Wednesday, November 30, 2011

Why Occupy Wall Street cannot be taken seriously

The Occupy Wall Street movement seems to be losing the social momentum it has grasped onto for so long.  With the New York protesters evicted from Zuccotti Park, and L.A. and Philadelphia vacated as well, the media appears to be moving on.  And so should the protesters.

There are a few things that bother me with the Occupy Wall Street movement.

First, the bankers are not the only ones to be held accountable for the current financial state of America.  In 1999 the 106th controlled, Congress pased and then President Clinton signed the Gramm-Leach-Bliley Act.  Even though  the Congress was controlled by Republicans, the billed passed with bi-partisan support.

New York Times Co. v. United States (1971) – The Right Decision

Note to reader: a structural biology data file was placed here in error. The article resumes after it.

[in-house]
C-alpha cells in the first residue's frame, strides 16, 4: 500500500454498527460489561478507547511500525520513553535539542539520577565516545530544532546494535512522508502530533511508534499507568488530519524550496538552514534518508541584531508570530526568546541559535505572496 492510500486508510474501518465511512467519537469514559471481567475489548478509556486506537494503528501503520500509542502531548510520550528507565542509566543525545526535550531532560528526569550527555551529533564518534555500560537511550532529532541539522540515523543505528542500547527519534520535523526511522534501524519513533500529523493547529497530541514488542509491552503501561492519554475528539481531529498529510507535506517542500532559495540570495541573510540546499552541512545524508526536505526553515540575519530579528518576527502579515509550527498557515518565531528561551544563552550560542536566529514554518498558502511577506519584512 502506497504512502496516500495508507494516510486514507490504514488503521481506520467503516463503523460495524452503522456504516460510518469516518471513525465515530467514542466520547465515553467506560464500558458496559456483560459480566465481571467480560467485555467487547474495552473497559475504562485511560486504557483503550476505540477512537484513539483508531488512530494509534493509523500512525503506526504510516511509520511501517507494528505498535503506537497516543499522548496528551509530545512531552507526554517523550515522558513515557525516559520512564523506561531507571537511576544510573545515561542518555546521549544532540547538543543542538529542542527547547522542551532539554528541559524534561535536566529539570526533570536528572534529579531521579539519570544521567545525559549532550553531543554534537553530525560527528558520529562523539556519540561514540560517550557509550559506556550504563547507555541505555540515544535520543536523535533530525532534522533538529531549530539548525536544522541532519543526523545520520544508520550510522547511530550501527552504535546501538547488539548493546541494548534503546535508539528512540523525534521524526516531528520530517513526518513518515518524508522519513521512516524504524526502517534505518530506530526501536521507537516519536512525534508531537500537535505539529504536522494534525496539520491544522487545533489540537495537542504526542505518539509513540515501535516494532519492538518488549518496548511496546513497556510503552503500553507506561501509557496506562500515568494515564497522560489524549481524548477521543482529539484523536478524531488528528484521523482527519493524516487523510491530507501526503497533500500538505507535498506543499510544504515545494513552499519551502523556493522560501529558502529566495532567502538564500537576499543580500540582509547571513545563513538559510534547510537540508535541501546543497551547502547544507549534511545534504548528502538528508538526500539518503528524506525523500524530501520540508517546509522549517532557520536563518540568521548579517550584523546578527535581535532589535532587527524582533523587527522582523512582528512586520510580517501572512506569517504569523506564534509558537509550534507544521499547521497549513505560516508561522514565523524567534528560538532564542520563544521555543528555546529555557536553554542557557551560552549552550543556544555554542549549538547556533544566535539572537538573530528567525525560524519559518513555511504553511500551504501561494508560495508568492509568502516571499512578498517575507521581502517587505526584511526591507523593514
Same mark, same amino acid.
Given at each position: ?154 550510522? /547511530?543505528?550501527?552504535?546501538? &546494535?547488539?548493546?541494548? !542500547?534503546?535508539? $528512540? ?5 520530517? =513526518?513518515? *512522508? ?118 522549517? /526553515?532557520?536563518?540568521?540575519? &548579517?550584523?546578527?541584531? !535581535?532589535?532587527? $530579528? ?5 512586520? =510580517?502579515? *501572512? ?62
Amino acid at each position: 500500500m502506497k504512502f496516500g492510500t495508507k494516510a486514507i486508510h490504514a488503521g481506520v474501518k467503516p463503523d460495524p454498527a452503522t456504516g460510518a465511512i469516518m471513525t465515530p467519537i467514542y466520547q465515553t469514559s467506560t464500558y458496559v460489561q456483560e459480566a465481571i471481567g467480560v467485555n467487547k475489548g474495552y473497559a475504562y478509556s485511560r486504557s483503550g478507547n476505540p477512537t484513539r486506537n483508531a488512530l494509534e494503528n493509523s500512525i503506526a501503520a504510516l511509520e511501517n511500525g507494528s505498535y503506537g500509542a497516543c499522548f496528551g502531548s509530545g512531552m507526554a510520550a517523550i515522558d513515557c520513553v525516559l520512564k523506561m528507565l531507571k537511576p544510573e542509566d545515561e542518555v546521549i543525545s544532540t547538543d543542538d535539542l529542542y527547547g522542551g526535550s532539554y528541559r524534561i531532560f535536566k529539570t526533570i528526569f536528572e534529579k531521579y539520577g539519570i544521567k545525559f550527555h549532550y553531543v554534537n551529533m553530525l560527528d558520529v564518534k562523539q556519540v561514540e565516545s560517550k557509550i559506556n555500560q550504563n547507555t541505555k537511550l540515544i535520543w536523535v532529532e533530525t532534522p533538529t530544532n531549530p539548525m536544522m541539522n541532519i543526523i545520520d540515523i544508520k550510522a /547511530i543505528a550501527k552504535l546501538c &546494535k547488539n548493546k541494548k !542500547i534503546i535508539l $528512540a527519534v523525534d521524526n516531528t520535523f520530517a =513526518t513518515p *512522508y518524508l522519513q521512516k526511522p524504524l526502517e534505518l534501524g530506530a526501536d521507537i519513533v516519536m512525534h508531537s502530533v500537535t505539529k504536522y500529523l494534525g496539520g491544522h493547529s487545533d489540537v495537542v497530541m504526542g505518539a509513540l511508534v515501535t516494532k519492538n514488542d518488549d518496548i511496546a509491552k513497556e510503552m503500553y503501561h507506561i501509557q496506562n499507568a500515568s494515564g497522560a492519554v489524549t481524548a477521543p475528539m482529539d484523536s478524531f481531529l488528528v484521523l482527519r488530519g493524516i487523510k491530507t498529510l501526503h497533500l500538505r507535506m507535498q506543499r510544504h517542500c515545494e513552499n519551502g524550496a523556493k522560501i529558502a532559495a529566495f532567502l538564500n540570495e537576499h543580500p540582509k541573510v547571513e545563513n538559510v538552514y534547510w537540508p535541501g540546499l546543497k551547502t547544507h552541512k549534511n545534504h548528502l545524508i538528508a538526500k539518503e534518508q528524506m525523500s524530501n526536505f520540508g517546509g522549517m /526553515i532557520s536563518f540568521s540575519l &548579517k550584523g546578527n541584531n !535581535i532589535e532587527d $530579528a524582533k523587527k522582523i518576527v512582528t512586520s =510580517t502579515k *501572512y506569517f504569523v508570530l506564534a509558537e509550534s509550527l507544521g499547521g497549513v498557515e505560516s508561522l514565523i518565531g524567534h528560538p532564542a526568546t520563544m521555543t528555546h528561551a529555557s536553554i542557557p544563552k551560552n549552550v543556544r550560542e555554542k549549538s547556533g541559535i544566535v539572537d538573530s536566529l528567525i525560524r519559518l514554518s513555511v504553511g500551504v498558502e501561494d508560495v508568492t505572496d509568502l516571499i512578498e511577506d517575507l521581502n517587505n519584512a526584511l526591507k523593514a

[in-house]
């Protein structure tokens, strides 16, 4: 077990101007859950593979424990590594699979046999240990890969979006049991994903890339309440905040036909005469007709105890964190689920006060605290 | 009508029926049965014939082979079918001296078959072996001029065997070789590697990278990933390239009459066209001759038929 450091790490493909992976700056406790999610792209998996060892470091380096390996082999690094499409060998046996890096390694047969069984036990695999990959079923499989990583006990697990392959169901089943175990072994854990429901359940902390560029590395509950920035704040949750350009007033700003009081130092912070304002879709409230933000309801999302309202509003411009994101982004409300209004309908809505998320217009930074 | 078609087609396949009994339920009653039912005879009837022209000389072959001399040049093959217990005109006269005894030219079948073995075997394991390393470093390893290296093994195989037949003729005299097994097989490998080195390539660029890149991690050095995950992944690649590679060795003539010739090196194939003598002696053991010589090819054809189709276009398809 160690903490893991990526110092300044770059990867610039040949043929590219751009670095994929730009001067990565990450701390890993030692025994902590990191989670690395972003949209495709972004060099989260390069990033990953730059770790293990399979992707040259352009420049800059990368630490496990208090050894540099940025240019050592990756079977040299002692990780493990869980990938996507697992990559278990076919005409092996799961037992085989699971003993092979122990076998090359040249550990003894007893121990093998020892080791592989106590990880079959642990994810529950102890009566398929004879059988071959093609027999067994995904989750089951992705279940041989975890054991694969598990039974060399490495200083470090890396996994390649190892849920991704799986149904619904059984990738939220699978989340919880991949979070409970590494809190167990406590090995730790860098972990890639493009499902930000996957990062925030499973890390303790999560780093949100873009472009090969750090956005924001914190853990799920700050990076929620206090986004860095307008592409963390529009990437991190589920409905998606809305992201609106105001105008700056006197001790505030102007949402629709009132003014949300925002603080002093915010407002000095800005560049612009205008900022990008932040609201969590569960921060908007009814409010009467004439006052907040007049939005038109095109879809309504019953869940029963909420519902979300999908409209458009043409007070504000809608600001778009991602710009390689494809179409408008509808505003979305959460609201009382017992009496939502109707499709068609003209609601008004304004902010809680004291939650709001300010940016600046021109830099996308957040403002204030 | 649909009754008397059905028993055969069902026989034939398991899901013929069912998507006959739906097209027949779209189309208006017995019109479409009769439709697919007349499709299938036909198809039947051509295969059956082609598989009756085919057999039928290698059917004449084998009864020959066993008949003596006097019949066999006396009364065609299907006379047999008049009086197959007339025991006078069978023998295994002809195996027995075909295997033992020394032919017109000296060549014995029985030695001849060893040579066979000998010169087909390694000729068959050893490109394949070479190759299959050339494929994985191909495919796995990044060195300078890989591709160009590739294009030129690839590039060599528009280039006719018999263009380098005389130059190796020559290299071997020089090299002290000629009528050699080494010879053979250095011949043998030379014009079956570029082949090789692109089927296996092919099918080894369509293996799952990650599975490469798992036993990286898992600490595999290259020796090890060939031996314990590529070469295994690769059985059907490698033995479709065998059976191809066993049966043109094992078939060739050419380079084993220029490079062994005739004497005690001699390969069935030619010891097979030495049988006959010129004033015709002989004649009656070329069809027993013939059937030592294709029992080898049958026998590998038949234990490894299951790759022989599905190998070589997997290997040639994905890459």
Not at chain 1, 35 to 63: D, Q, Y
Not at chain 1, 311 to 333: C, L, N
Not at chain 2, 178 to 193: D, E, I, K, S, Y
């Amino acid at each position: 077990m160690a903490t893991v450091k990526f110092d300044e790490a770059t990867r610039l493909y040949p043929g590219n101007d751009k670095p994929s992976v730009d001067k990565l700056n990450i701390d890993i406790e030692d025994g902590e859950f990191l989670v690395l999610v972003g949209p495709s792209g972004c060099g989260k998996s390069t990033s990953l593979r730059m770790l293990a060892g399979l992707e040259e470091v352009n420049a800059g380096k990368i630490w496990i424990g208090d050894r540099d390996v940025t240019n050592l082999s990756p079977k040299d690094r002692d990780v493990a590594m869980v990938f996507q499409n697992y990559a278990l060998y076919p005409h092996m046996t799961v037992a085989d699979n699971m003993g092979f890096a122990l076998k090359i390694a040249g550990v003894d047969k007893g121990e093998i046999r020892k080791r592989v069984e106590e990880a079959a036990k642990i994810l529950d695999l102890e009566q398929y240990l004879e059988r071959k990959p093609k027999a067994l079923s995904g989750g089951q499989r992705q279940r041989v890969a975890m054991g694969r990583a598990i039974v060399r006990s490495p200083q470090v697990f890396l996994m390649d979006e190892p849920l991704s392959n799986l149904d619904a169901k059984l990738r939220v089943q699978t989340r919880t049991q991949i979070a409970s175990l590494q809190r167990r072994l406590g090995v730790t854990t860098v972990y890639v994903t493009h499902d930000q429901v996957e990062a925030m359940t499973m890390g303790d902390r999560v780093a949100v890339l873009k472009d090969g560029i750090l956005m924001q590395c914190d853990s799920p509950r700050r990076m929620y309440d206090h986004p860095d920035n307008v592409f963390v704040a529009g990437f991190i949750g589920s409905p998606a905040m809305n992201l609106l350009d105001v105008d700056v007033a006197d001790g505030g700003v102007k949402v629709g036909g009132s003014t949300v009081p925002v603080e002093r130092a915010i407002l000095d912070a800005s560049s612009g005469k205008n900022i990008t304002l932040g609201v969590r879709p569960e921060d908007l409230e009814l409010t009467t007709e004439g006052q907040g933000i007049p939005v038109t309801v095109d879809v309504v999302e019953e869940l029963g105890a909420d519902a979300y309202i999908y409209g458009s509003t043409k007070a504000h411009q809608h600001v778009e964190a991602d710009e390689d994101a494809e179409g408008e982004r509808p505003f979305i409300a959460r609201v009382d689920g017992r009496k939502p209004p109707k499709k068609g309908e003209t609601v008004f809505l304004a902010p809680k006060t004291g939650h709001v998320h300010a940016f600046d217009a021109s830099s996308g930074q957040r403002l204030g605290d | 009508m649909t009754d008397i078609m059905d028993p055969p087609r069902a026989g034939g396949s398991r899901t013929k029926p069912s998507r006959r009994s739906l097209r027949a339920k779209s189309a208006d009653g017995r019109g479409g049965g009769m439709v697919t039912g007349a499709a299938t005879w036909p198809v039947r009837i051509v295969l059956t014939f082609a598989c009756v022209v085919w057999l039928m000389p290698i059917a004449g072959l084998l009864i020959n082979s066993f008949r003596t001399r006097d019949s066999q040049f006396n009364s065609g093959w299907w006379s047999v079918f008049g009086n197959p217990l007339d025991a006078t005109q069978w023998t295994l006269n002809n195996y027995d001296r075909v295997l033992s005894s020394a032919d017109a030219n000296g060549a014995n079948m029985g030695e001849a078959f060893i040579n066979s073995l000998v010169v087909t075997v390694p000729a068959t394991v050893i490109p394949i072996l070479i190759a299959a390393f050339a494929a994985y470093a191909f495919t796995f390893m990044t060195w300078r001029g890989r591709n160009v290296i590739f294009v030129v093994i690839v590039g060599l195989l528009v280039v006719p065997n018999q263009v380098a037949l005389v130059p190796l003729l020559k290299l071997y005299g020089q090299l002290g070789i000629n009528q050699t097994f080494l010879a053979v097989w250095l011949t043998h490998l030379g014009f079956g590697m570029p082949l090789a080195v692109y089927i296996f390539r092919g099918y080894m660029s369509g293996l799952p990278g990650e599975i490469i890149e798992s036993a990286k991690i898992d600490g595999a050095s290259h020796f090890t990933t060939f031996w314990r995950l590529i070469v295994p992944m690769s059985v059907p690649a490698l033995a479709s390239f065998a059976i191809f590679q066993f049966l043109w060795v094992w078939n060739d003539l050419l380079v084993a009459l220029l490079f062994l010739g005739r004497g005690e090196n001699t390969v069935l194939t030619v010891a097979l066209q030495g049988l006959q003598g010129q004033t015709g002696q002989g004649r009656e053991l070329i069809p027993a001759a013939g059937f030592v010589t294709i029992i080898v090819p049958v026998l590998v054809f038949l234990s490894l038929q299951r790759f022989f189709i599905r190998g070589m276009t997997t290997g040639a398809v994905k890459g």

In the turmoil of the Vietnam War, the country was divided.  The early 1970s was a torn time for the America public.  The war was going unfavorably at the time and the nation was in the midst of great social and racial change.
In 1971 The New York Times published “The Pentagon Papers,” which wrote R. W. Apple Jr. in the June 23, 1996 edition of the paper, “Demonstrated, among other things, that the Johnson Administration had systematically lied, not only to the public but also to Congress, about a subject of transcendent national interest and significance.”
“The Pentagon Papers” detailed the Johnson’s administration manipulation of not only the public, but Congress as well, regarding the Vietnam War.  After The New York Times published their story, the United States district court in New York, acting at the Government's request, issued a temporary injunction directing The New York Times not to publish the documents.